So if you are considering a retro-fit hydraulic roller camshaft conversion, take a few moments to walk through this installation with us. We’ll show you a couple of tricks that might save you some aggravation and reveal just how easy it is to update that flat tappet to a more modern hydraulic roller version. Then check out the power we made with a very conservative cam and you can begin to really see the advantages to a hydraulic roller cam.

Cam Specs

Cam – XR276HR-10 Adv. Duration (Degrees) Duration at 0.050 (Degrees) Valve Lift (inches) Lobe Sep. Angle (Degrees)
Intake 276 224 0.510 110
Exhaust 282 230 0.510

 

Hydraulic roller cam valve spring load recommendations

Camshaft Seat load Open load
Hydraulic Roller 180 420

Power Curve

RPM TQ HP
2,800 510 272
3,000 518 296
3,200 537 327
3,400 551 356
3,600 563 386
3,800 570 412
4,000 572 435
4,200 567 453
4,400 557 467
4,600 546 478
4,800 534 488
5,000 525 499
5,200 513 508
5,400 488 502
Peak 572 508
Average 539.0 424.3

Averages were calculated from the full dyno curve with data every 100 rpm.

Parts List

Description PN Source Price
COMP BBC Hyd. roller cam-lifter kit K-11-423-8 Summit Racing $911.97
COMP BBC hyd. roller cam 11-423-8* Summit Racing 290.97
COMP retro-fit hyd. roller lifters 854-16* Summit Racing 435.97
COMP valve springs, hyd. roller 911-16* Summit Racing 88.97
COMP timing set 2110* Summit Racing 37.97
COMP steel valve spring retainers 748-16* Summit Racing 54.97
COMP retainer locks 612-16* Summit Racing 22.97
COMP High Energy pushrods 7815-16* Summit Racing 44.97
COMP umbrella valve seals 504-16* Summit Racing 12.97
COMP nylon thrust button 205* Summit Racing 4.97
COMP Ultra-Pro rockers, 1.8:1 1828-16 Summit Racing 407.97
COMP aluminum 2 pc. timing cover 212 Summit Racing 257.97
COMP Hi-Tech pushrods 7663-16 Summit Racing 117.97
COMP Hot Rod 10w30 oil, each 1594 Summit Racing 8.97 ea.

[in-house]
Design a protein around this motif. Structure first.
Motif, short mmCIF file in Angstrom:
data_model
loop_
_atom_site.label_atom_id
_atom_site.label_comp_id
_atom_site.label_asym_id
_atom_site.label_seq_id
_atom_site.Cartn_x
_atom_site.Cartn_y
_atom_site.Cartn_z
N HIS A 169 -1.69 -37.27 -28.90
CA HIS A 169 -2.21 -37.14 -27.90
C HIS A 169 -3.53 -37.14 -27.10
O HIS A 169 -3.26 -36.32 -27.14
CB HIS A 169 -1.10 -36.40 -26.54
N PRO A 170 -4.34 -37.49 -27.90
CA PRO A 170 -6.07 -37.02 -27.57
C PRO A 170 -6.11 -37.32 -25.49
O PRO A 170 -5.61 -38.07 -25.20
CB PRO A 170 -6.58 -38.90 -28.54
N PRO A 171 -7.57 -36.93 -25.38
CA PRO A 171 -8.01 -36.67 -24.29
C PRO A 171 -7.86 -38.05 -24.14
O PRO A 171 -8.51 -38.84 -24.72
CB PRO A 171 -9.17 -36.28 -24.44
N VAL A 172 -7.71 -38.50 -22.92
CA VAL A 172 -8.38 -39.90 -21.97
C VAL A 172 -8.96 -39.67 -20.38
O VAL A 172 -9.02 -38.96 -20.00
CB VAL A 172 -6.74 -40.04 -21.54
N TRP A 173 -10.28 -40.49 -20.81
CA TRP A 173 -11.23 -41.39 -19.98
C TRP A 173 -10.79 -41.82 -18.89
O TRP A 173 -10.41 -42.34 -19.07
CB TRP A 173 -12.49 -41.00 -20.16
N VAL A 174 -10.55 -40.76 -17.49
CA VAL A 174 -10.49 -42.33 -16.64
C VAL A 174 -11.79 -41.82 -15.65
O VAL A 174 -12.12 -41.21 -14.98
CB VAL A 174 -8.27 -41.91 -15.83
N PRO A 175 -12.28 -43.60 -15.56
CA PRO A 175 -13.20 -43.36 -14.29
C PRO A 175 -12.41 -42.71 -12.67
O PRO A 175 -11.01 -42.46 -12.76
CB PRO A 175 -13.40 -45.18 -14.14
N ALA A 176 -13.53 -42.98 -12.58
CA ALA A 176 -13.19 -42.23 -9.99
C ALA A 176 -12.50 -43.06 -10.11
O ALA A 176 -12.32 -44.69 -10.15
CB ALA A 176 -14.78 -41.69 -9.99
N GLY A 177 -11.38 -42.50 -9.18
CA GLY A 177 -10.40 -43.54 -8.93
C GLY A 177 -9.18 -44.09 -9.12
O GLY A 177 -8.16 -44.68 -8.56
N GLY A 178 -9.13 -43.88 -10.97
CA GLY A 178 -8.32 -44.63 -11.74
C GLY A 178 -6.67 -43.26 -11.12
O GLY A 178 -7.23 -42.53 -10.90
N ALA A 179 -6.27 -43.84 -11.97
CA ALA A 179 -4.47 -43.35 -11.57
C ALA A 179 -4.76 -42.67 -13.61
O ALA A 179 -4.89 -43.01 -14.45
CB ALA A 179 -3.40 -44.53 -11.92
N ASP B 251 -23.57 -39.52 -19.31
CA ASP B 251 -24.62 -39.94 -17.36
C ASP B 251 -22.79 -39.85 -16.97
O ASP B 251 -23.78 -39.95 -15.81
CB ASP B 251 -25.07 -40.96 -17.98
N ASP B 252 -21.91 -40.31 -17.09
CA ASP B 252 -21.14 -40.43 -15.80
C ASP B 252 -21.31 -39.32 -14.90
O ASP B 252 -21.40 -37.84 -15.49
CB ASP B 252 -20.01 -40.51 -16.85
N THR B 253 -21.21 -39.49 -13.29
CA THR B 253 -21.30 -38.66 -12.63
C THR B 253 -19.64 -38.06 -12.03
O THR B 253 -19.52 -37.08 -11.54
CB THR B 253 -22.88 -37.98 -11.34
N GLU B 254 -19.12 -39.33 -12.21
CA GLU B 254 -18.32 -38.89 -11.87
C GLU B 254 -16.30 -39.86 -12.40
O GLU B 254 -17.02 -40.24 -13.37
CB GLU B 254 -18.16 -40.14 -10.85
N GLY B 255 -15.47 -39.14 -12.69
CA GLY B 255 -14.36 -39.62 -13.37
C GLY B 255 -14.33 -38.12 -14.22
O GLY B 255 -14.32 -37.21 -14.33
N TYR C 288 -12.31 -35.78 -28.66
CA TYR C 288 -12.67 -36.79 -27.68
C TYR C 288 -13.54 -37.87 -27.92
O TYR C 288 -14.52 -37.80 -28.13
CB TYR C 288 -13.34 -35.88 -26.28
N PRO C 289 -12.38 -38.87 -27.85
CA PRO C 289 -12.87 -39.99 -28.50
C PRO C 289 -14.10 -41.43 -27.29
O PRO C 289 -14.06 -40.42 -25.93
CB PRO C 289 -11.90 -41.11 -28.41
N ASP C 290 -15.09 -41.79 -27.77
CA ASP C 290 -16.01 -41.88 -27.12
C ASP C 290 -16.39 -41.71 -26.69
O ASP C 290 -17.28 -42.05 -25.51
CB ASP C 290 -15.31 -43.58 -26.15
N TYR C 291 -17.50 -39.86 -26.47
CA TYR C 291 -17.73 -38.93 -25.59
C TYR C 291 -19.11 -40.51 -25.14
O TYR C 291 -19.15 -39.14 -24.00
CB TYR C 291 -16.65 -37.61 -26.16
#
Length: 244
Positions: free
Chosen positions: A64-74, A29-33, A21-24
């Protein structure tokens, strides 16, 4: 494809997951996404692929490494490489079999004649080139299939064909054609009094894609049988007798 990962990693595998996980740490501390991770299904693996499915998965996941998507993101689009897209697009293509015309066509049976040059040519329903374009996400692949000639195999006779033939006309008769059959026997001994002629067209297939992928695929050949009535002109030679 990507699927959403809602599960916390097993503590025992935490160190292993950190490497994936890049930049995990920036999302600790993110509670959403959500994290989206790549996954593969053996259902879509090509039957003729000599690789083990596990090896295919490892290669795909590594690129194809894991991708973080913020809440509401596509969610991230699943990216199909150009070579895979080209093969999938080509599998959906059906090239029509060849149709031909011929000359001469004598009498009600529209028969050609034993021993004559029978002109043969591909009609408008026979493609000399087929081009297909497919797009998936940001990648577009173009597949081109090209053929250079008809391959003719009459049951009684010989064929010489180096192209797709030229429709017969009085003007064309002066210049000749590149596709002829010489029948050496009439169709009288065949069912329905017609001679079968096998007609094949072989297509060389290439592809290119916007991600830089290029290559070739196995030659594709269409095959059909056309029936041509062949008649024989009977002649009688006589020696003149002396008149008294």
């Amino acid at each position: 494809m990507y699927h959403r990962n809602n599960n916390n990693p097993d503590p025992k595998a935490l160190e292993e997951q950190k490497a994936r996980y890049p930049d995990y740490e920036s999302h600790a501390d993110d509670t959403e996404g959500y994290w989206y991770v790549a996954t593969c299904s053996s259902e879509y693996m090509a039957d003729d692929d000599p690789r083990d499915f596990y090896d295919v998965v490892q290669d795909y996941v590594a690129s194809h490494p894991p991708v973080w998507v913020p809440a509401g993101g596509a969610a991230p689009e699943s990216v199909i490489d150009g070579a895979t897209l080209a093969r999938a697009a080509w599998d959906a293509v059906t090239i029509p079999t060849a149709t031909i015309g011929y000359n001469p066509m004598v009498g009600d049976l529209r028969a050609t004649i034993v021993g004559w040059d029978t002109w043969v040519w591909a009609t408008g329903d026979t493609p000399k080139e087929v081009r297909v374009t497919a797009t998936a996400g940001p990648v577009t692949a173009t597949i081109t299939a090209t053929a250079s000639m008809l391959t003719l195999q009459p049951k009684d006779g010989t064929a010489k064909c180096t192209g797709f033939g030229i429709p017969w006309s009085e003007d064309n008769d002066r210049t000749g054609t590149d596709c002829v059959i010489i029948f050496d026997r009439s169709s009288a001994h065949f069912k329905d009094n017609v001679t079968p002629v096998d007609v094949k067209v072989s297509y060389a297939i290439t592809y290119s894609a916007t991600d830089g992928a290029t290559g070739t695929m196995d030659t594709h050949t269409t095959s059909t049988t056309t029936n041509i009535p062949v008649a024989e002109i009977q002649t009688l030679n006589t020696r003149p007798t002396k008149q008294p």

COMP BBC valve covers 281 Summit Racing 205.97
COMP 8 oz. assembly lube 153 Summit Racing 8.97
COMP 7/16 rocker studs 4512-16 Summit Racing 56.97
COMP valvespring seat inserts 4697-16 Summit Racing 34.97
Milodon oil pan,6 ¼” depth, 6 qt. 30970 Summit Racing 252.14
Milodon oil pump pickup 18202 Summit Racing 56.95
Fel-Pro 1 pc oil pan gasket 1884R Summit Racing 28.97
ARP head bolts 135-3601 Summit Racing 84.70

* Parts included in the K-kit

Tools

We used the following tools in the process of this installation. Not all of these tools are essential and some you can make yourself.

Description PN Source Price
Powerhouse crank socket POW103055 Powerhouse Products $38.36
Powerhouse Pro degree wheel POW101600 Powerhouse Products 200.29
Powerhouse dial indicator POW151102 Powerhouse Products 61.57
Powerhouse dial indicator 2” ext. POW151112 Powerhouse Products 6.48
Powerhouse magnetic base POW151125 Powerhouse Products 30.33
Powerhouse cam handle POW101035 Powerhouse Products 32.46
Powerhouse height mic POW101200 Powerhouse Products 69.94
Powerhouse pushrod length kit POW101240 Powerhouse Products 66.04
Powerhouse crank gear installer POW101525 Powerhouse Products 21.26
Powerhouse balancer puller/installer POW300000 Powerhouse Products 138.56
Powerhouse degree kit POW101545 Powerhouse Products 146.13

Sources

Automotive Racing Products (ARP)
arp-bolts.com

COMP Cams
compcams.com

Federal-Mogul (Fel-Pro)
federal-mogul.com

Milodon
milodon.com

Powerhouse Products
powerhouseproducts.com

Westech Performance Group
westechperformance.com

 

About the author

Jeff Smith

Jeff Smith, a 35-year veteran of automotive journalism, comes to Power Automedia after serving as the senior technical editor at Car Craft magazine. An Iowa native, Smith served a variety of roles at Car Craft before moving to the senior editor role at Hot Rod and Chevy High Performance, and ultimately returning to Car Craft. An accomplished engine builder and technical expert, he will focus on the tech-heavy content that is the foundation of EngineLabs.